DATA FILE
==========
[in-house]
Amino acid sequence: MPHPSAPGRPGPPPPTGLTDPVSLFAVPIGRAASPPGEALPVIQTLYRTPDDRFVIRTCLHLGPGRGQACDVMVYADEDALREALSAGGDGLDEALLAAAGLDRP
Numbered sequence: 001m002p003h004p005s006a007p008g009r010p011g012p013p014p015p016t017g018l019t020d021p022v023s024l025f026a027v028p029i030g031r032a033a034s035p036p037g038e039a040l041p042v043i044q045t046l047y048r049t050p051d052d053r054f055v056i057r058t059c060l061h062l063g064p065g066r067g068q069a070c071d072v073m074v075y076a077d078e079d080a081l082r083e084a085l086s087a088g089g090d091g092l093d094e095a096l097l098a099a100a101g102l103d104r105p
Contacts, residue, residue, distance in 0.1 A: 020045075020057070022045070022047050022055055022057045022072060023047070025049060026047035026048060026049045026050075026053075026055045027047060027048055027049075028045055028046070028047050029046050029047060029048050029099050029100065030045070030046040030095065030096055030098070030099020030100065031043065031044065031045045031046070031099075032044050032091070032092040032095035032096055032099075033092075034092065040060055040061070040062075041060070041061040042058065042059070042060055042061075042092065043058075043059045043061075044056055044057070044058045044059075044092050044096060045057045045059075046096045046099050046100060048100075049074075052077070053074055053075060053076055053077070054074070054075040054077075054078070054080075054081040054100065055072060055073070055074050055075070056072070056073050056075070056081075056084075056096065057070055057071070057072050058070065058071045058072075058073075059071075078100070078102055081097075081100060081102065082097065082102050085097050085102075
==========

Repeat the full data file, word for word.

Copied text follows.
[in-house]
Amino acid sequence: MPHPSAPGRPGPPPPTGLTDPVSLFAVPIGRAASPPGEALPVIQTLYRTPDDRFVIRTCLHLGPGRGQACDVMVYADEDALREALSAGGDGLDEALLAAAGLDRP
Numbered sequence: 001m002p003h004p005s006a007p008g009r010p011g012p013p014p015p016t017g018l019t020d021p022v023s024l025f026a027v028p029i030g031r032a033a034s035p036p037g038e039a040l041p042v043i044q045t046l047y048r049t050p051d052d053r054f055v056i057r058t059c060l061h062l063g064p065g066r067g068q069a070c071d072v073m074v075y076a077d078e079d080a081l082r083e084a085l086s087a088g089g090d091g092l093d094e095a096l097l098a099a100a101g102l103d104r105p
Contacts, residue, residue, distance in 0.1 A: 020045075020057070022045070022047050022055055022057045022072060023047070025049060026047035026048060026049045026050075026053075026055045027047060027048055027049075028045055028046070028047050029046050029047060029048050029099050029100065030045070030046040030095065030096055030098070030099020030100065031043065031044065031045045031046070031099075032044050032091070032092040032095035032096055032099075033092075034092065040060055040061070040062075041060070041061040042058065042059070042060055042061075042092065043058075043059045043061075044056055044057070044058045044059075044092050044096060045057045045059075046096045046099050046100060048100075049074075052077070053074055053075060053076055053077070054074070054075040054077075054078070054080075054081040054100065055072060055073070055074050055075070056072070056073050056075070056081075056084075056096065057070055057071070057072050058070065058071045058072075058073075059071075078100070078102055081097075081100060081102065082097065082102050085097050085102075